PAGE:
Amendments to the Harare Protocol on Patents and Industrial Designs and the Banjul Protocol on...
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Uganda Related Articles
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Uganda is a member of the Paris Convention, the ARIPO (Banjul Protocol), and the WTO/TRIPS.
Although Uganda is a member of the Paris Convention, the Act does not make provision for claiming priority. It is therefore not clear whether convention priority can be claimed.
Furthermore, although Uganda is a member of the Banjul Protocol of ARIPO, no provision is made in Uganda’s national law for the recognition of ARIPO registrations in which Uganda is designated, nor for the filing of ARIPO applications in Uganda.
Provision is made in the Act for the registration of trade marks for goods and for services. However, as the Rules under the old Act are still in force, they make no provision for the classification or registration of services.
The Act also provides for certification marks as well as for defensive registration of trade marks, and for the registration of series of trade marks.
The Act further provides for the register to be divided into two Parts, Part A for trade marks which are distinctive, and Part B for trade marks which are capable of distinguishing.
Uganda is a member of the Paris Convention, ARIPO (Harare Protocol), the PCT and the WTO/TRIPS.
Patent protection is available via a national filing or via an ARIPO application designating Uganda. Uganda has implemented the Harare Protocol (which regulates patent filings in ARIPO) in its national law, thereby giving valid patent protection to applicants seeking to obtain a patent via an ARIPO application.
Uganda has also implemented in its national law, by way of the Patents (Amendment) Act, 2002 the necessary provisions to recognise international applications under the PCT and designating Uganda, and to deal with national phase PCT applications in Uganda. Therefore, Uganda can be designated in PCT international applications, and PCT national phase applications can be filed and processed in Uganda.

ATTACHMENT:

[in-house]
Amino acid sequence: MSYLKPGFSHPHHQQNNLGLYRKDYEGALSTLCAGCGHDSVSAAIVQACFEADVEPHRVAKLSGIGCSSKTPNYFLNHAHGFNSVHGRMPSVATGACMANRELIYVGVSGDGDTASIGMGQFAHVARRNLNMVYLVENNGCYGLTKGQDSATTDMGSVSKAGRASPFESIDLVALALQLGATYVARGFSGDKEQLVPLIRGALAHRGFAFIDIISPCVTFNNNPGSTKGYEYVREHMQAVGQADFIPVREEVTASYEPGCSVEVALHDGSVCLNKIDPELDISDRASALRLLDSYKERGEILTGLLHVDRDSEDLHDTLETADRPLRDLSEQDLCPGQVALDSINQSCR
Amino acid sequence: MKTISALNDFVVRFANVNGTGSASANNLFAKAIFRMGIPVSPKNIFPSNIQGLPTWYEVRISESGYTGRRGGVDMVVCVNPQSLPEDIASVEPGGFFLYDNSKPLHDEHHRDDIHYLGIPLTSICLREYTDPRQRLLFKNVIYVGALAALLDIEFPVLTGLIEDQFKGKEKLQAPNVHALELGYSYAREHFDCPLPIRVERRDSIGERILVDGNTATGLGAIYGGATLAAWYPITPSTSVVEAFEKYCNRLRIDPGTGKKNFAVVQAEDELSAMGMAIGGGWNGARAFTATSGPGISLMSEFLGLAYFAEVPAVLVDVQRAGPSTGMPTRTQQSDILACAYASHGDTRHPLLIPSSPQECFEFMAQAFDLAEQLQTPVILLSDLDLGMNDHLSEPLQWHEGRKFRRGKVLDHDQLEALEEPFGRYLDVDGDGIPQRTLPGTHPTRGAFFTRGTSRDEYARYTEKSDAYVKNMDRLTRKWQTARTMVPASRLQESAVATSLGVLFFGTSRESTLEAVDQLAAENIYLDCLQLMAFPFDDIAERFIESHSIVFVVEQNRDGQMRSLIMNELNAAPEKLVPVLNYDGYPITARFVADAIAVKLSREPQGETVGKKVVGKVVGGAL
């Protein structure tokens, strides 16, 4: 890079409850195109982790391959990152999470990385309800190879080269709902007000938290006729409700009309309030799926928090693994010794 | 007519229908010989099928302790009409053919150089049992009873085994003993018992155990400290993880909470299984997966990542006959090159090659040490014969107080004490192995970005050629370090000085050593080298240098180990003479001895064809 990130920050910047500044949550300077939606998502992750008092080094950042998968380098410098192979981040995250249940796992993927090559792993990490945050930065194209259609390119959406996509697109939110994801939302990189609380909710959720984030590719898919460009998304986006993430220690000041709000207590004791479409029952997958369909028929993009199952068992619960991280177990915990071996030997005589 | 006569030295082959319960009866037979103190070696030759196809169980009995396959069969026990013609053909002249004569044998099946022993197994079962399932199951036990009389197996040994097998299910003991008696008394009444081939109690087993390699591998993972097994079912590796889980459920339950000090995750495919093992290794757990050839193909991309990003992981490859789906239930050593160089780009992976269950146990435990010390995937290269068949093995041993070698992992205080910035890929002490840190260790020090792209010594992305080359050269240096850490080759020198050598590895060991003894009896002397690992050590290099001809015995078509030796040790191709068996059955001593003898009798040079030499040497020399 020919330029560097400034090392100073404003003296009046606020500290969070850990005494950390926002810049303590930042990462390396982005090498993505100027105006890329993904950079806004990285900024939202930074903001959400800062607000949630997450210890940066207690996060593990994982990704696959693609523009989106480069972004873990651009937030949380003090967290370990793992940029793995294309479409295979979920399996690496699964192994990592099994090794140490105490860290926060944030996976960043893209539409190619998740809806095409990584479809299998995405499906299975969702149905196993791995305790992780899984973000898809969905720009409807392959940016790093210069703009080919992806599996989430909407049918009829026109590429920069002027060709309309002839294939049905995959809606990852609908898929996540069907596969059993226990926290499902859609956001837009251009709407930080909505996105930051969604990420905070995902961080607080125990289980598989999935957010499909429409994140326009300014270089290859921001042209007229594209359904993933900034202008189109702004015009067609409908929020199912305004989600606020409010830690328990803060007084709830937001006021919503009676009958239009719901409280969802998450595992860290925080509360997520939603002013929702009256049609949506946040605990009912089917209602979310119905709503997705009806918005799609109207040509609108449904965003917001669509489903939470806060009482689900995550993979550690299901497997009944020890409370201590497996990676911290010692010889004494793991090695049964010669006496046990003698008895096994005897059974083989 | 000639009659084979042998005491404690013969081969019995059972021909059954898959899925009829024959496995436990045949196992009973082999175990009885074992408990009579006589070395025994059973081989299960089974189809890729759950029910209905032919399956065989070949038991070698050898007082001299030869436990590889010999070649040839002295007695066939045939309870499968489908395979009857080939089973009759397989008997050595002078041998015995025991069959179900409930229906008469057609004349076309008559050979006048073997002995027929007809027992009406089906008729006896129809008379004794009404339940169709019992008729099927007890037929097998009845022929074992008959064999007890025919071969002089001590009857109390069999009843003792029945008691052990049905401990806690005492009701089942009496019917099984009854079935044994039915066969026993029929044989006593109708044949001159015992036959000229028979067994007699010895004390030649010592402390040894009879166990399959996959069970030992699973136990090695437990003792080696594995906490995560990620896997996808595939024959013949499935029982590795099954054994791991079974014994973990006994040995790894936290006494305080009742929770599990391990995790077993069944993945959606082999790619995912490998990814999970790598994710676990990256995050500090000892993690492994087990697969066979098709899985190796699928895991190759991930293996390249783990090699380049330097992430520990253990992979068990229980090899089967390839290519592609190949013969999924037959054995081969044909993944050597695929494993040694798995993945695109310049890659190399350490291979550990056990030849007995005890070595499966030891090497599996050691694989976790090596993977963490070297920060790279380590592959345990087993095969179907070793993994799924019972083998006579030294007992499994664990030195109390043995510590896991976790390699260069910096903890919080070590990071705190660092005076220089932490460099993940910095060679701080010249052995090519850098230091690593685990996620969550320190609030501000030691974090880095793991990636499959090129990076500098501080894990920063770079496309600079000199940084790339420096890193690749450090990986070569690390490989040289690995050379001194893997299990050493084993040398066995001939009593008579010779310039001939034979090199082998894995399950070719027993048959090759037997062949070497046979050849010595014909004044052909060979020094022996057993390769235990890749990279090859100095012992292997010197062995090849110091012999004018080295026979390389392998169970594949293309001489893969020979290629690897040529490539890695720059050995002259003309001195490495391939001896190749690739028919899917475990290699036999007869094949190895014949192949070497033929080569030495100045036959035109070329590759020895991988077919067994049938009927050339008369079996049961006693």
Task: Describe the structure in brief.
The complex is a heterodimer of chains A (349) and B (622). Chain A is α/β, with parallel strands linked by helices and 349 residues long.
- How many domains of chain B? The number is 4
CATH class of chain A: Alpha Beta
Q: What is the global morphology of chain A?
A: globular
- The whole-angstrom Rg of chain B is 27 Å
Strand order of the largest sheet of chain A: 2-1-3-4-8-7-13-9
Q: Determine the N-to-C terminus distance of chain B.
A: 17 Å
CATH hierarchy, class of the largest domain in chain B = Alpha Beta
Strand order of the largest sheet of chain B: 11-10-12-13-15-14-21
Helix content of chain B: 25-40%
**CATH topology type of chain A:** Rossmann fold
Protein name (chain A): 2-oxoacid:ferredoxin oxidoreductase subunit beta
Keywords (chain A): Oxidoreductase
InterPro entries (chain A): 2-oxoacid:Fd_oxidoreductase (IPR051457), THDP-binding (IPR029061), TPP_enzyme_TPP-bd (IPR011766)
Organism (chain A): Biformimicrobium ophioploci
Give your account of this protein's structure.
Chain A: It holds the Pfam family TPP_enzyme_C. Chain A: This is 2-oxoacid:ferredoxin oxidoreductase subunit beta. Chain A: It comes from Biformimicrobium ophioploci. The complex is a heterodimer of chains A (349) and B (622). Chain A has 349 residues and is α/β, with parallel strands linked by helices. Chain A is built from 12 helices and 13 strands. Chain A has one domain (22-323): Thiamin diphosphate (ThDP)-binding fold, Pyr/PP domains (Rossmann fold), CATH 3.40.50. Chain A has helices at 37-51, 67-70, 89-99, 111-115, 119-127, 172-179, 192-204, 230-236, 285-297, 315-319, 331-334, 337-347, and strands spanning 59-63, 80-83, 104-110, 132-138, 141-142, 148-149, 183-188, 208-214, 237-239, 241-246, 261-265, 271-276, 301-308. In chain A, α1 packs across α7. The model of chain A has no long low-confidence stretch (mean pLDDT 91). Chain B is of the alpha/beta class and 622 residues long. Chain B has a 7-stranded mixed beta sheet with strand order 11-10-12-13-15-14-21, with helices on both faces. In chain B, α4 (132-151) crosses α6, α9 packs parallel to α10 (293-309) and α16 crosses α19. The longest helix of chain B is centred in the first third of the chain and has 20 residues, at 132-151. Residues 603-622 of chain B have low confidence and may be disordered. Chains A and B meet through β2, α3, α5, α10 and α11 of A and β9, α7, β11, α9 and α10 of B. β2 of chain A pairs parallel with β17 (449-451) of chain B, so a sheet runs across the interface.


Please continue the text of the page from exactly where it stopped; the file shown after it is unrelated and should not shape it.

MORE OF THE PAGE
Uganda is a member of the Paris Convention, ARIPO (Harare Protocol), and the WTO/TRIPS.
A United Kingdom design extends automatically to Uganda. Design protection is also available via an ARIPO application designating Uganda. However, Uganda has not implemented the Harare Protocol as far as industrial designs are concerned. Accordingly, it is not clear whether the rights derived from a design registered through ARIPO will be enforceable in Uganda.
Uganda is not a member of the Berne Convention.
The law provides for copyright in respect of literary, scientific and artistic works, including:
- articles, books, pamphlets, magazines, lectures, addresses, sermons and other works of a similar nature
- dramatic and dramatic-musical works and musical works
- audiovisual works and sound recordings, including cinematographic works and other works of a similar nature
- choreographic works, pantomimes
- computer programs and electronic data banks and other accompanying materials
- works of painting, drawing, photography, typography, mosaic, architecture, sculpture, engraving, lithography and tapestry
- works of applied art, whether handicrafts or produced on industrial scale
- illustrations, maps, plans, sketches and three-dimensional works relative to geography, topography, architecture and science
- derivative works which constitute original works
- works of folklore and traditional knowledge, science and art
- derivative works such as translations, adaptations, arrangements, and other transformation of pre-existing works; and collections of pre-existing works, like encyclopaedias and anthologies.
Excluded from protection are:
- ideas, concepts, procedures, methods or other similar things
- enactments, statutes, decrees, statutory instruments
- daily news, reports on current events or current information
- decrees, orders and decisions by courts or administrative bodies.
Plant Breeders' Rights
Currently, no legislative provision for plant breeders’ rights or other sui generis protection for plants is available in Uganda.
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